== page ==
Donning an Editor’s Hat:
By: Christine Smith (McFarlane)
I’m a writer first and foremost, but since joining Shameless Magazine over a year ago, I have had to also don the hat of an editor for the column “Beyond the Books.” The Beyond the Books column was started when I joined the Shameless team and it aims to give a voice to Indigenous peoples and discuss issues that are not normally talked about in books or the classroom.
People may think that being a writer and an editor are similar, and maybe in a sense they are because you’re sitting at your computer, researching, fact checking and poring over articles, but that is where the similarity ends. An editor’s job goes even further than that of a writer-they have to look at the nitty gritty of the article before them and make sure it follows the following
1. A good lede
2. Well researched content and flow
3. Grammatical errors and spelling and
4. A good closing to the article being written
I have found that once I receive an article, I have to go over the article to see if it flows properly, and that it makes sense. Often there is little editing to do, but if there is significant editing to do, I will email the writer back with suggestions on how to improve their article. This is where I find wearing two hats can be difficult because as a writer, myself, I’m used to getting feedback and receiving feedback can be difficult.
Feedback can be difficult, because someone can feel so passionate about his or her article that they don’t think there is anything wrong with the article they have written. So when I have to give feedback, I try to think of how I would like to hear feedback and offer the same to my writers.I have been fortunate to have some editors who have really been encouraging, and I find that what I have learned from them, I try to bring to the work that I do with Shameless Magazine.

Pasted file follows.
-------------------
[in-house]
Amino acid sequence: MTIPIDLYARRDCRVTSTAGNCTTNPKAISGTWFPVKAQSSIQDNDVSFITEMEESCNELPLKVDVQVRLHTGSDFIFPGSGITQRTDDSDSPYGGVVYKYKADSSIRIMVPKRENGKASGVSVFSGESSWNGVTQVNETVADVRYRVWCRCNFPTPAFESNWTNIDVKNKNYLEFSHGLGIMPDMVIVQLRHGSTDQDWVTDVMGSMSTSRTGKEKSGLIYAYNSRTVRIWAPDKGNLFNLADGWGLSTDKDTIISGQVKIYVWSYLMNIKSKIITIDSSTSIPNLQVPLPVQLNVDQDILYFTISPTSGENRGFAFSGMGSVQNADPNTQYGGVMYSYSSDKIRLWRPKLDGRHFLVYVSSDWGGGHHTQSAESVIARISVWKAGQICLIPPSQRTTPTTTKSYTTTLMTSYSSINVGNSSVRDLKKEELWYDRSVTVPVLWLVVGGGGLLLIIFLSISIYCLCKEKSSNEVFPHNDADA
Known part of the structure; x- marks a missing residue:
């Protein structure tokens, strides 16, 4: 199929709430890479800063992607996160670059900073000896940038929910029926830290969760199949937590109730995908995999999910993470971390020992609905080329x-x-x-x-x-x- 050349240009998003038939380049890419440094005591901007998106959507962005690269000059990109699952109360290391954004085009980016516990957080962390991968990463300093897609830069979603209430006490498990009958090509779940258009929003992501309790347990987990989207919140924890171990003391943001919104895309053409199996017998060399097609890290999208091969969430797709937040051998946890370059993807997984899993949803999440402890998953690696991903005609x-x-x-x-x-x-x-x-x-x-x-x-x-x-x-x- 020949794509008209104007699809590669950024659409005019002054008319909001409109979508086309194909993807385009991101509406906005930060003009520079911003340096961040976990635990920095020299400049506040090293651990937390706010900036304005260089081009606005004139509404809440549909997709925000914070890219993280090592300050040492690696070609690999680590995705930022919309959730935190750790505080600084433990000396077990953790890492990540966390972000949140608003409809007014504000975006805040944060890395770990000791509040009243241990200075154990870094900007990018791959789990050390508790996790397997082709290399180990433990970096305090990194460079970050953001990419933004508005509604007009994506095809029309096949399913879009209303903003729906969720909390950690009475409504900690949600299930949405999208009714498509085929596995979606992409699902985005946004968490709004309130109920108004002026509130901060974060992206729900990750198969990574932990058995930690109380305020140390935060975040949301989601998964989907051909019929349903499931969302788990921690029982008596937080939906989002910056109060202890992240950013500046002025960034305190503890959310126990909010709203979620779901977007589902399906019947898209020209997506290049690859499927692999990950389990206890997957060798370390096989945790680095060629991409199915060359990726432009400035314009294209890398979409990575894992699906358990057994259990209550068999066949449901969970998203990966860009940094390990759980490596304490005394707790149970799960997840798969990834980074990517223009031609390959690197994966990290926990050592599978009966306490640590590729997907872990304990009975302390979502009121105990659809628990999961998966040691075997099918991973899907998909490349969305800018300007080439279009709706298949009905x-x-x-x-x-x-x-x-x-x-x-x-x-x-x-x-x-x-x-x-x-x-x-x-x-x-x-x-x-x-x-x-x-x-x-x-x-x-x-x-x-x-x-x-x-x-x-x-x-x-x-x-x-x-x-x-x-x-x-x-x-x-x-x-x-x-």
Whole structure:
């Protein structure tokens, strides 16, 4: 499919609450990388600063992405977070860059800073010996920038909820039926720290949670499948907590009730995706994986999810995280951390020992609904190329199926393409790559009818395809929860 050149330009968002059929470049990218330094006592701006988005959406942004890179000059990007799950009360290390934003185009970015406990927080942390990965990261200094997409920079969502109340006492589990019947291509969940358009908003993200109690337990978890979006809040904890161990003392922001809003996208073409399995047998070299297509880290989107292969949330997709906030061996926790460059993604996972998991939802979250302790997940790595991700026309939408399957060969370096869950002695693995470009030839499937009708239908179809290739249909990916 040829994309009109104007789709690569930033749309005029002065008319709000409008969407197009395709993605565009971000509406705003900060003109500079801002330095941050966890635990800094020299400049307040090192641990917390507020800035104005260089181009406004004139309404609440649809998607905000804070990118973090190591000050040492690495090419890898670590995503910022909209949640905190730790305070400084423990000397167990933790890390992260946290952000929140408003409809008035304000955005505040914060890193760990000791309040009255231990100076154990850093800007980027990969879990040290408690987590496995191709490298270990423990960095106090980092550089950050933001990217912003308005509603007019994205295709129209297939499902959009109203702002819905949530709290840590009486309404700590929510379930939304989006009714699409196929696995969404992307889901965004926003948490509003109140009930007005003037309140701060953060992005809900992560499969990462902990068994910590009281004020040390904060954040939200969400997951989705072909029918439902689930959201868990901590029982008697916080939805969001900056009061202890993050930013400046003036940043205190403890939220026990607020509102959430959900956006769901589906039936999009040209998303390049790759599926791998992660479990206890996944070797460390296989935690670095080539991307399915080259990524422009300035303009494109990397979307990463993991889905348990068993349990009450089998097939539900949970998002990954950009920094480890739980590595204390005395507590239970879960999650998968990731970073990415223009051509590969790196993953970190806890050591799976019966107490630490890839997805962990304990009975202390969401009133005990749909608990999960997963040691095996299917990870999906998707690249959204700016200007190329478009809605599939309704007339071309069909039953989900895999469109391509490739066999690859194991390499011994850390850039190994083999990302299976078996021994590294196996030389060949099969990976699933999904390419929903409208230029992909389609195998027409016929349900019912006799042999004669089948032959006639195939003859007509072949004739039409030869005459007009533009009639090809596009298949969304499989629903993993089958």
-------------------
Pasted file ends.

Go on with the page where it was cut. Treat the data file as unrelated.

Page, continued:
When I feel that something has to be re worked, I stress the importance of the writers voice being loud and clear in their article. As writers, it is important for our voices to be heard, and as an editor, I never want to take a person's voice away from them.
Deadlines are important when you are an editor. My biggest pet peeve is assigning an article to someone and then the deadline passes and there is no word from the writer. As a writer, myself who lives by deadlines, I know how important deadlines are and I like to stress that to my writers also. If a deadline is missed, I send an email gently reminding a writer that their article is due. I check to see where they are at, and ask if they need any assistance. Sometimes I will extend a deadline but only if I am given permission by Shameless Magazine’s editorial director, Sheila Sampath. Fortunately, I have only had to do that maybe once in my tenure as an editor with Shameless.
I love that Beyond the Books gives a voice to Indigenous peoples but I have also found that in my role as an editor, it has been difficult to recruit and retain Indigenous writers and/or bloggers.
“Shameless is feminist magazine for teen girls and trans youth. Our print magazine is produced three times a year and is distributed throughout Canada, and we host an active feminist blog dealing with issues in ways that are accessible to youth.”
As the only First Nations voice in the magazine, I want to be able to bring forward an inclusive voice for all First Nations, Inuit, Metis peoples because Shameless Magazine is a magazine that is sensitive to all communities.
I love being a part of the Shameless Magazine team. It has taught me that I can be more than just a writer, because the Shameless team have shown that they have faith in me and what I can do beyond being just a writer.
(This is a cross post with Shameless Magazine)